Root Server There are currently 13 servers that are authoritative for the root zone. They are named – Every resolver must have the IP addresses of one or more of these root servers coded in so that it can resolve domain name.
Root Zone The ancestor of all zones, the parent of the top level domains. It is written as “. “. Root (as it is often called) has no labels.
RP Record Responsible Person. Informational, not functional. Used to indicate the person responsible for the domain.
Secondary Server Sometimes called a slave server: A secondary name server is an authoritative name server that gets its data from outside sources, usually a zone transfer from a primary server. This term only applies to relations with a specific zone, a secondary server for one zone could be a primary for another. Despite a common misconception, from a resolvers point of view, primary and secondary servers are equal in authority and priority.
Serial Number Field Third Field in an SOA record. Used by a secondary server to determine if it requires a zone transfer from the primary server. If the Secondary’s Number is lower than the Primary’s, then the secondary server knows that its records are out of date. Not used by a primary server.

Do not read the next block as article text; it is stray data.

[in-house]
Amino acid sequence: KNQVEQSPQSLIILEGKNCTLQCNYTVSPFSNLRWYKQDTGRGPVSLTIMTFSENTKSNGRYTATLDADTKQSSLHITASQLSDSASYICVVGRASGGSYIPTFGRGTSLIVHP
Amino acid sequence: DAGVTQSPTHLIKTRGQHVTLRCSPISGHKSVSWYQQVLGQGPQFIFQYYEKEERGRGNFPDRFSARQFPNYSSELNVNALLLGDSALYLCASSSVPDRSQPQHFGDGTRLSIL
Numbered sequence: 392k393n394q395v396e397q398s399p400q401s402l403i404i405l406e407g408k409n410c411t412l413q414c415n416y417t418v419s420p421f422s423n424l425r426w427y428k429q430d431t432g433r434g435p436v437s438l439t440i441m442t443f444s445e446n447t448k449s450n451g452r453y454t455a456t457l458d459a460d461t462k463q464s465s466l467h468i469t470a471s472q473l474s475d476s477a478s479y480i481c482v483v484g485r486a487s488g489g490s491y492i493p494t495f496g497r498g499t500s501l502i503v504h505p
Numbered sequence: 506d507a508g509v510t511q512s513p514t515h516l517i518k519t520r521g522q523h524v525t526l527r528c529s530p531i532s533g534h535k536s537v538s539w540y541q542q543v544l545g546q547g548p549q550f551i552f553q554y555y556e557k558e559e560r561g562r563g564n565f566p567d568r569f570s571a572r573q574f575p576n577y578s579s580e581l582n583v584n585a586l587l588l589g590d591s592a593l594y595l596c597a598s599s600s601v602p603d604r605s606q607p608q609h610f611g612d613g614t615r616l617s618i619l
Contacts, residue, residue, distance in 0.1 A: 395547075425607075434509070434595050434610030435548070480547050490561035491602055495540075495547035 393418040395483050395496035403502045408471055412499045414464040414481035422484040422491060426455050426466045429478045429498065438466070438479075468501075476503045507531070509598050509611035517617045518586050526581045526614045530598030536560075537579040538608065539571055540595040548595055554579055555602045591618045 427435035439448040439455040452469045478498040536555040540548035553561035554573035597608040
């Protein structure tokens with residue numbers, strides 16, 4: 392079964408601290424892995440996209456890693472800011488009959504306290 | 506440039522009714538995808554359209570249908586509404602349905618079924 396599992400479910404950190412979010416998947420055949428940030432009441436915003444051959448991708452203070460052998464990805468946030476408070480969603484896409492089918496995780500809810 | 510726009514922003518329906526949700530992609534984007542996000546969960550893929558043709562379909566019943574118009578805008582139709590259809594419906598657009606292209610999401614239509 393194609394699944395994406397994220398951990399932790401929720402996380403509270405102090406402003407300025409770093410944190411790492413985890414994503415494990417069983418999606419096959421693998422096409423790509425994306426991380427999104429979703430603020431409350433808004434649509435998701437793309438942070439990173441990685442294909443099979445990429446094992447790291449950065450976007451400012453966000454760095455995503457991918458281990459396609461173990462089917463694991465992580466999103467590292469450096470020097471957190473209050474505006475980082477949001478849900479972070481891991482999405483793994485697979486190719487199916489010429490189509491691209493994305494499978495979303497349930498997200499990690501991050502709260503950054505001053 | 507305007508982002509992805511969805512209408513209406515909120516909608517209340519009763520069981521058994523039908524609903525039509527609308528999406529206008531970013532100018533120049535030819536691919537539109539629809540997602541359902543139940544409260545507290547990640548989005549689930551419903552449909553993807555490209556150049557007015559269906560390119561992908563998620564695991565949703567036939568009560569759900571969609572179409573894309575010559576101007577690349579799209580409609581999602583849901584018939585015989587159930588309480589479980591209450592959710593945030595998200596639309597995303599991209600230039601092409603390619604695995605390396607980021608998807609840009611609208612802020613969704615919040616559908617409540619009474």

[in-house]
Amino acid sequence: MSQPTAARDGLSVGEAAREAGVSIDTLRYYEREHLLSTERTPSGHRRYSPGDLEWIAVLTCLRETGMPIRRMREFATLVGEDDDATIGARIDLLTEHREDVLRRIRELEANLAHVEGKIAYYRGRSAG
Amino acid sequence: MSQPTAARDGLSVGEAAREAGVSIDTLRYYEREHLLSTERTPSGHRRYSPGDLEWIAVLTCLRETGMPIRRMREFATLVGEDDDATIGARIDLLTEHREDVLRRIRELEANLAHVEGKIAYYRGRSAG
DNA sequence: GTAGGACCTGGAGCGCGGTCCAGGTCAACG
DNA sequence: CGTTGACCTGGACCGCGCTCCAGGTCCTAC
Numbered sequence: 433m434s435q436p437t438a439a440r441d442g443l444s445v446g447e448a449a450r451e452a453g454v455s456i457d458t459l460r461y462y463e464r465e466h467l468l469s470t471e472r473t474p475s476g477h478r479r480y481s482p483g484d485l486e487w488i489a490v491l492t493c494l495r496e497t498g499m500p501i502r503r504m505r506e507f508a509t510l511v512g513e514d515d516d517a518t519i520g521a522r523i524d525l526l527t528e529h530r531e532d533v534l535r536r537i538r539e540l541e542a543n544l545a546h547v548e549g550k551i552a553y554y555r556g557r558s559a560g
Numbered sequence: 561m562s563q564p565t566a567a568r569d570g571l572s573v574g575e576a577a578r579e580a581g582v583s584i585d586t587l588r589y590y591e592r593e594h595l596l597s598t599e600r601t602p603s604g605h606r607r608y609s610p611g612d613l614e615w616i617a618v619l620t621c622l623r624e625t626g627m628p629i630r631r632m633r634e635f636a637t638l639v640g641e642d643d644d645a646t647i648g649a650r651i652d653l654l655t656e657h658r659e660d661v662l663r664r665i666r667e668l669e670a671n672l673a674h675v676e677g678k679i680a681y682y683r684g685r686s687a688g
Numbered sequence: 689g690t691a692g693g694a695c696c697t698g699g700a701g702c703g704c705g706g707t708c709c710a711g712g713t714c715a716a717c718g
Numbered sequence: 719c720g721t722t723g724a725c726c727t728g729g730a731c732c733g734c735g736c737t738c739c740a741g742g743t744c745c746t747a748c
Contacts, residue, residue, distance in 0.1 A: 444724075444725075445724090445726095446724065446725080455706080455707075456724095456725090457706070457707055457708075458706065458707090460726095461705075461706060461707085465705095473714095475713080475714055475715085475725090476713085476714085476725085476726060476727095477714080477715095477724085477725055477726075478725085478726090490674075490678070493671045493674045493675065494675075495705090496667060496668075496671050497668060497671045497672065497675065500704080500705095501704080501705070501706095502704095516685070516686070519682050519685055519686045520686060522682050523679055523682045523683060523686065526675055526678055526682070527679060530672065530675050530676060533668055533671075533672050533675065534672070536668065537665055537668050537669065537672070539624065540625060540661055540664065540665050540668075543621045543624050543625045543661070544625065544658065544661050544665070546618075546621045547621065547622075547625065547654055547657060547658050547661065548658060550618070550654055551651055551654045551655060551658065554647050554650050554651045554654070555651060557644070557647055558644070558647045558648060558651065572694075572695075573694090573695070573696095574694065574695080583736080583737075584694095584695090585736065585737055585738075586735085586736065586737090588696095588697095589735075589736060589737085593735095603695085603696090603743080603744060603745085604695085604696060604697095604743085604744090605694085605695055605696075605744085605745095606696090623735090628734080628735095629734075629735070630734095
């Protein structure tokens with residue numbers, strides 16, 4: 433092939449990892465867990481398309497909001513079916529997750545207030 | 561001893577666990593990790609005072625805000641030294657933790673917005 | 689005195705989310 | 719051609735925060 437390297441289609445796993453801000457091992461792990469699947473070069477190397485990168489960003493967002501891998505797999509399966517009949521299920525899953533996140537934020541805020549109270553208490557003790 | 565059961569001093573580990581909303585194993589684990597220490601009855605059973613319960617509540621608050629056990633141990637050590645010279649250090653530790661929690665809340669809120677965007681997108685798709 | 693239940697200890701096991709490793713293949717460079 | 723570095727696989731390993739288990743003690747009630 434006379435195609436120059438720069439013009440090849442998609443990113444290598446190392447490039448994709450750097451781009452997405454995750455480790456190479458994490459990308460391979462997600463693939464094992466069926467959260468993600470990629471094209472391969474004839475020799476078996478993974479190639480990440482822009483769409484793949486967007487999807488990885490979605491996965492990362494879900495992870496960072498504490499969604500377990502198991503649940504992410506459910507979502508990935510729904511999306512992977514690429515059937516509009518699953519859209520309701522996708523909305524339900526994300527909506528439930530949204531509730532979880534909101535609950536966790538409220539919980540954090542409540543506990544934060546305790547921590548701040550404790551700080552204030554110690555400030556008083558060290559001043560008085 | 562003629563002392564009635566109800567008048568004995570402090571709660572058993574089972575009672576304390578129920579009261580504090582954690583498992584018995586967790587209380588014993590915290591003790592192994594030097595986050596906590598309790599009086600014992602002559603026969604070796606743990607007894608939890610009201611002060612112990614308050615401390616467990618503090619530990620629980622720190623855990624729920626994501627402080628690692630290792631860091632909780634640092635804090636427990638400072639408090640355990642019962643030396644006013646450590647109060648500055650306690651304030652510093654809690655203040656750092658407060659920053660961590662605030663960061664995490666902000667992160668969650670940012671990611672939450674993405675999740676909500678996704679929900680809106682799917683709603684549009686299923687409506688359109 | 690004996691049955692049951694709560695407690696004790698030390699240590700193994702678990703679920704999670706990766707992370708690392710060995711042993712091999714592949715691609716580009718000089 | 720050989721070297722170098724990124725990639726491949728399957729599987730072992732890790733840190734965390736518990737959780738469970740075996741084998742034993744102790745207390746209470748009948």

Server See Secondary Server.
SOA Record Start of Authority Record. The SOA is the first record in every properly configured zone. The SOA record contains information about the zone in a string of fields. The SOA record tells the server to be authoritative for the zone.
Static IP Address A static IP Address is an IP addressis an IP address assigned by a service provider that never changes. This requires that the service provider keep at least one IP address per customer. Because their IP address remains fixed, static IP addresses can be used for
hosting name servers.
Subdomain Any child of a domain zone.
Subnet A contiguous string of IP addresses. The first IP address in a subnet is used to identify the subnet, the last IP address in the subnet is always used as a broadcast address. Anything sent to the last address is sent to every host on the subnet.
Subnet Class Traditionally subnets have been broken down into three size classes based on the 4 octets that make up an IP address. For example: